A frequently expressed concern in the ongoing public health debate is the lack of affordability of fresh vegetables, especially those that are nutrient dense. A new study, “Vegetable Cost Metrics Show That Potatoes and Beans Provide Most Nutrients Per Penny,” published in the journal PLOS ONE, shows that potatoes are one of the best nutritional values in the produce aisle, providing one of the better nutritional values per penny than most other raw vegetables and delivering one of the most affordable source of potassium of the more frequently consumed vegetables, second only to beans.
Dr. Adam Drewnowski and colleagues from the University of Washington used a combination of nutrient profiling methods and national food prices data to create an “affordability index,” which was then used to examine the nutrients per unit cost of 98 individual vegetables as well as five vegetable subgroups including dark green, orange/red, starchy, legumes (beans and peas) and “other” vegetables.
The results indicated while dark green vegetables had the highest nutrient density scores, after accounting for cost, starchy vegetables (including potatoes) and beans provided better nutritional value for the money. Potatoes, in particular, provide one of the lowest cost options for four key nutrients including potassium, fiber, vitamin C and magnesium. Among the most frequently consumed vegetables, potatoes and beans were the lowest-cost sources of potassium and fiber—nutrients of concern, as identified by the 2010 USDA Dietary Guidelines.
“The ability to identify affordable, nutrient dense vegetables is important to families focused on stretching their food dollar as well as government policy makers looking to balance nutrition and economics for food programs such as the school lunch program and WIC,” said lead researcher Adam Drewnowski, PhD. “And, when it comes to affordable nutrition, it’s hard to beat potatoes.”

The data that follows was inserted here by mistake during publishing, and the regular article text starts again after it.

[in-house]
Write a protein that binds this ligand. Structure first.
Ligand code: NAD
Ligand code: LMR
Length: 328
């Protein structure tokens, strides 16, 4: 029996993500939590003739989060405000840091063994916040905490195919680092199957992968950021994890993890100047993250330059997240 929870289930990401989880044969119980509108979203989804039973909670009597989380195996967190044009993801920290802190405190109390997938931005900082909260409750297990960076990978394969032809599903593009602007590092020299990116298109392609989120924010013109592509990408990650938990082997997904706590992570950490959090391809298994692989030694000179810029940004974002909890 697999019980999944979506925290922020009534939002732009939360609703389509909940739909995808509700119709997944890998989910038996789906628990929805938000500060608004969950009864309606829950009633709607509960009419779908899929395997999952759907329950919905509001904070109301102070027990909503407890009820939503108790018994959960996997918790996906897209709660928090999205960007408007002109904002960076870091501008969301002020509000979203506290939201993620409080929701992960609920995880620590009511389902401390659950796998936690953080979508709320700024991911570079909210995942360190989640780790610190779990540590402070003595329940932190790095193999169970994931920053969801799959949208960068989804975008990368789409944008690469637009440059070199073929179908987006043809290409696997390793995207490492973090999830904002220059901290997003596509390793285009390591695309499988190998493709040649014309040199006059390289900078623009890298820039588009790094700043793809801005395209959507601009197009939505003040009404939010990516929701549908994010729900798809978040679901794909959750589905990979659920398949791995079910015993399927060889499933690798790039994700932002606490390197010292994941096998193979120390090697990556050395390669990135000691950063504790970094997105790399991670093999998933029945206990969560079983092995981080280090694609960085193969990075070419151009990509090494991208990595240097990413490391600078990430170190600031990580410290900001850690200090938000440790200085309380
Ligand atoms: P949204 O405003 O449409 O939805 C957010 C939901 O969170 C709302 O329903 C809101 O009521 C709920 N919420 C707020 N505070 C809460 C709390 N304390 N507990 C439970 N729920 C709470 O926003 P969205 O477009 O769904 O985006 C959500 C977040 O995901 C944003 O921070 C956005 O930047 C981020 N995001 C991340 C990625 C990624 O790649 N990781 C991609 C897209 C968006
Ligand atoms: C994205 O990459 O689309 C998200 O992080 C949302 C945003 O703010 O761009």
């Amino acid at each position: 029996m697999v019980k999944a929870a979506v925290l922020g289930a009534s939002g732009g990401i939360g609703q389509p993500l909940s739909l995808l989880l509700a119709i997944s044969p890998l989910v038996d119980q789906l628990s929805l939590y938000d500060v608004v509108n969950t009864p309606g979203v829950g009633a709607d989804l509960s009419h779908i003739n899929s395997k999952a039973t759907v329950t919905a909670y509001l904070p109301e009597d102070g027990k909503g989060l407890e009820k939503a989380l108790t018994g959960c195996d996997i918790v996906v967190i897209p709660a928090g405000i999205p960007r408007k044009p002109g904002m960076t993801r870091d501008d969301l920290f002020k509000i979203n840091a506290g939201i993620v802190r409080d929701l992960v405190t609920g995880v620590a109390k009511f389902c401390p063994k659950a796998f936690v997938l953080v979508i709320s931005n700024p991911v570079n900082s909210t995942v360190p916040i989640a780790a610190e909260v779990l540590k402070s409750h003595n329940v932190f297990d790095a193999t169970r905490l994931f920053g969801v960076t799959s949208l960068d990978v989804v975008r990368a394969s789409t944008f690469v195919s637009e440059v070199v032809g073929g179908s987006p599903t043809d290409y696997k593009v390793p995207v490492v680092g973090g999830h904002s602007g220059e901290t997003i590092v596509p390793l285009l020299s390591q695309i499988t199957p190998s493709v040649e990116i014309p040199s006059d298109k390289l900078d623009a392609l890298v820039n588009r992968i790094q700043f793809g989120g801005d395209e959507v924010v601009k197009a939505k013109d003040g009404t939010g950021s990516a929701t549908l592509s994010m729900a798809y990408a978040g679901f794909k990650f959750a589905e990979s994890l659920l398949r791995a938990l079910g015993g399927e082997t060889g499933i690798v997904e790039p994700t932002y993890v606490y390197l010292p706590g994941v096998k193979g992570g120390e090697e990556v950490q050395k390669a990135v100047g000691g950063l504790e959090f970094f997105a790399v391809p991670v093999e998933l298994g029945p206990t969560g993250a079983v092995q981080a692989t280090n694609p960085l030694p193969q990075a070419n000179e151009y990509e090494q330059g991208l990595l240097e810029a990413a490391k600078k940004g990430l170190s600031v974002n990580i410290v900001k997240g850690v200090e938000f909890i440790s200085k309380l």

The study was funded by the United States Potato Board and adds to the growing database of nutrition science that supports potatoes in a healthful diet. In addition, one medium-size (5.3 ounce) skin-on potato contains just 110 calories per serving, boasts more potassium (620g) than a banana (450g), provides almost half the daily value of vitamin C (45 percent), and contains no fat, sodium or cholesterol.
For a copy of the article, contact Meredith Myers at 303-873-2333 or email@example.com. Visit potatogoodness.com for healthy potato recipes, videos and nutrition information.
For more information on the USPB as the nation’s potato marketing organization, positioned as the “catalyst for positive change,” and the central organizing force in implementing programs that will increase demand for potatoes, please visit www.uspotatoes.com.
David Fairbourn is Manager, Industry Communications & Policy, at the United States Potato Board in Denver. The mission of the USPB is to increase demand for potatoes and potato products through an integrated promotion program, thereby providing US producers with expanding markets for their production. David can be contacted at 303-369-7783 or firstname.lastname@example.org. For complete information about the programs, ROI results, resources and tools available to all members of the industry through the USPB, please visit www.uspotatoes.com. The United States Potato Board—Maximizing Return on Grower Investment.
Source: United States Potato Board